How to Build a Single Customer View

Building an effective single-customer view requires several key steps:

  • Data Integration:
    Collect and integrate customer data from various sources, such as CRM systems, e-commerce platforms, social media, and customer service interactions.

  • Data Cleansing: Ensure data accuracy by removing duplicates, correcting errors, and standardizing data formats.

  • Customer Identification: Implement customer identification methods to link data to specific individuals accurately.

  • Data Security: Prioritize data security and privacy to protect customer information.

  • Real-Time Updates: Keep your customer data updated in real-time to reflect the most recent customer interactions.

  • Cross-Functional Collaboration: Establish collaboration between departments like marketing, sales, customer service, and IT to ensure all teams are inputting and using customer data correctly.

The Role of All Party Data in a Single Customer View

Many brands already have a wealth of data at their fingertips in the form of first-party data. When first-party data is integrated with other types of data sources, such as second, third, and even zero-party data, a truly holistic, single-customer view comes into focus.

First-Party Data: First-party data is the data collected directly from customers or users. It includes information such as contact details, purchase history, email engagement, browsing history, and more. This data is valuable because it is highly unique to each brand, providing a wealth of insights into its existing customer base.

Second-Party Data: Second-party data is obtained through an indirect customer relationship (compared to first-party data, which is a direct customer relationship). This type of data is information the brand didn't collect but is often obtained by working with a trusted partner who shares audience insights in a mutually beneficial relationship.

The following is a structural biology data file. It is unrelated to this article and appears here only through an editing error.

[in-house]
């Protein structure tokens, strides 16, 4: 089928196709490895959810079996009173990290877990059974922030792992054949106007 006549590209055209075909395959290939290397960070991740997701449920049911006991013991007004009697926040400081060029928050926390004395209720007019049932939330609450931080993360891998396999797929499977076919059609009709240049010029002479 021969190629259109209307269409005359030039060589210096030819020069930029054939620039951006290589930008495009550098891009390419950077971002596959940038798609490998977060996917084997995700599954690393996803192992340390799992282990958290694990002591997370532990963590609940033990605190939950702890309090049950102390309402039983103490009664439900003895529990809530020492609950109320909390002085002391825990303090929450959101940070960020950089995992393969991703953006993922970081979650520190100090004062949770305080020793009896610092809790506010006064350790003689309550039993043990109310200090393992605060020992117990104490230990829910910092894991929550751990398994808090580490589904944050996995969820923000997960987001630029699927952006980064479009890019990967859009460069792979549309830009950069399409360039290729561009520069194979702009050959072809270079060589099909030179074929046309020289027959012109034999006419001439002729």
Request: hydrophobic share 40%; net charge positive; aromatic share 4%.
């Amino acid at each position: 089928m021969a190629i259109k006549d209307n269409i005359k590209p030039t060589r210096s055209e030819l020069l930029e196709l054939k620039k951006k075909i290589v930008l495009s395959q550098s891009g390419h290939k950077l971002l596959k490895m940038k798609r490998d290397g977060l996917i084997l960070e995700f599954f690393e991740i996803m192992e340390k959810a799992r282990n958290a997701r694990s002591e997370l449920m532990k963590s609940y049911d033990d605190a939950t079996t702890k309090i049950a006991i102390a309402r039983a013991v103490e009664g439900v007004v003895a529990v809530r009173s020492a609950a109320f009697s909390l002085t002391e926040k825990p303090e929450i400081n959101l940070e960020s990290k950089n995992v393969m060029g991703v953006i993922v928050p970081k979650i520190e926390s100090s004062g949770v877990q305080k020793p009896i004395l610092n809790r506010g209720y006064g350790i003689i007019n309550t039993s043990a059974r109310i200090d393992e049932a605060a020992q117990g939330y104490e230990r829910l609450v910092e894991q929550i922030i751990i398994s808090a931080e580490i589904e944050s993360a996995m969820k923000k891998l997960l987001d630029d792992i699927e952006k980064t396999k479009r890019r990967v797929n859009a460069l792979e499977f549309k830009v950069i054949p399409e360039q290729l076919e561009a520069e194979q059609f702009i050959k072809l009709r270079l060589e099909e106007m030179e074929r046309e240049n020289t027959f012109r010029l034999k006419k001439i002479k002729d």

It may include activity on websites, apps, and social media, survey responses, and more. For example, consider consumers who book a hotel room. When they consent to other offers, they may be targeted with offers from local restaurants.

Third-Party Data: Third-party data, on the other hand, is acquired from external sources such as data aggregators or data marketplaces. These sources can provide valuable demographic, interest, or intent data for brands to enrich their audience understanding. Using ethical data providers and ensuring compliance with privacy regulations is crucial when incorporating third-party data into marketing strategies.

Zero-Party Data: Somewhat lesser known is zero-party data, which is data that a customer intentionally shares with a brand. This may be information such as preference center data, which would include a consumer signing up for a newsletter from a home improvement retailer and checking the interests they want to receive information on such as gardening and home remodeling.

And with all-party data, you can target the right person, at the right time, with the right message.


A SCV is more than just a buzzword; it's a critical tool for businesses seeking to build lasting customer relationships, deliver outstanding experiences, and stay competitive in a data-driven world. By unifying customer data and implementing an all-party data strategy, businesses can gain insights, enhance personalization, and ultimately win customer loyalty. As technology evolves, so does the potential of the single-customer view, offering businesses the opportunity to connect with customers in more meaningful ways than ever before.

The views and opinions expressed are solely those of the contributor and do not necessarily reflect the official position of the ANA or imply endorsement from the ANA.

Larisa Bedgood is VP of marketing from Porch Group Media.